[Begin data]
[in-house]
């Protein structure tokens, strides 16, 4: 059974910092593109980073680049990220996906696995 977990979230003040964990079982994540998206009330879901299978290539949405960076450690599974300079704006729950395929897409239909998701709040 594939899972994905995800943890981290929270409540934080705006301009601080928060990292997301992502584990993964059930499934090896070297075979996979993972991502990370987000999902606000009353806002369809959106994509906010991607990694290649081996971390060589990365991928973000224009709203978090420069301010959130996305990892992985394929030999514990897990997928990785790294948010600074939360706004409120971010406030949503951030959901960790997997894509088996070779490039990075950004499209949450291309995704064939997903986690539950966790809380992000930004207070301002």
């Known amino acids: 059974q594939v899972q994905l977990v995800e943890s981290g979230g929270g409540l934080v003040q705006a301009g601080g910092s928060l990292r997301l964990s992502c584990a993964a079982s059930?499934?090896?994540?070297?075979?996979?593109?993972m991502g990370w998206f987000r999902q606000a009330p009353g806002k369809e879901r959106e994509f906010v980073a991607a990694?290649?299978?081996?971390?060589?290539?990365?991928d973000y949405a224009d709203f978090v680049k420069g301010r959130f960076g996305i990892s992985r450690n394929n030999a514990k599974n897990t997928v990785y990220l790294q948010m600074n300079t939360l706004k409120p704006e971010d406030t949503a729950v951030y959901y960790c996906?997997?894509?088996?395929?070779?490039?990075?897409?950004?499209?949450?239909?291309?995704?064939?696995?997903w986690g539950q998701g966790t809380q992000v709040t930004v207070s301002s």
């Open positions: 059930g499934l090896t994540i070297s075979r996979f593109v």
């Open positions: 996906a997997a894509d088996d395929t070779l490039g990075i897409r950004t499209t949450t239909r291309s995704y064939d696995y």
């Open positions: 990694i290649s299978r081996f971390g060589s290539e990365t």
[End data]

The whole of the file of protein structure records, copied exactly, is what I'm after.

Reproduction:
[in-house]
């Protein structure tokens, strides 16, 4: 059974910092593109980073680049990220996906696995 977990979230003040964990079982994540998206009330879901299978290539949405960076450690599974300079704006729950395929897409239909998701709040 594939899972994905995800943890981290929270409540934080705006301009601080928060990292997301992502584990993964059930499934090896070297075979996979993972991502990370987000999902606000009353806002369809959106994509906010991607990694290649081996971390060589990365991928973000224009709203978090420069301010959130996305990892992985394929030999514990897990997928990785790294948010600074939360706004409120971010406030949503951030959901960790997997894509088996070779490039990075950004499209949450291309995704064939997903986690539950966790809380992000930004207070301002």
């Known amino acids: 059974q594939v899972q994905l977990v995800e943890s981290g979230g929270g409540l934080v003040q705006a301009g601080g910092s928060l990292r997301l964990s992502c584990a993964a079982s059930?499934?090896?994540?070297?075979?996979?593109?993972m991502g990370w998206f987000r999902q606000a009330p009353g806002k369809e879901r959106e994509f906010v980073a991607a990694?290649?299978?081996?971390?060589?290539?990365?991928d973000y949405a224009d709203f978090v680049k420069g301010r959130f960076g996305i990892s992985r450690n394929n030999a514990k599974n897990t997928v990785y990220l790294q948010m600074n300079t939360l706004k409120p704006e971010d406030t949503a729950v951030y959901y960790c996906?997997?894509?088996?395929?070779?490039?990075?897409?950004?499209?949450?239909?291309?995704?064939?696995?997903w986690g539950q998701g966790t809380q992000v709040t930004v207070s301002s």
């Open positions: 059930g499934l090896t994540i070297s075979r996979f593109v």
């Open positions: 996906a997997a894509d088996d395929t070779l490039g990075i897409r950004t499209t949450t239909r291309s995704y064939d696995y």
């Open positions: 990694i290649s299978r081996f971390g060589s290539e990365t």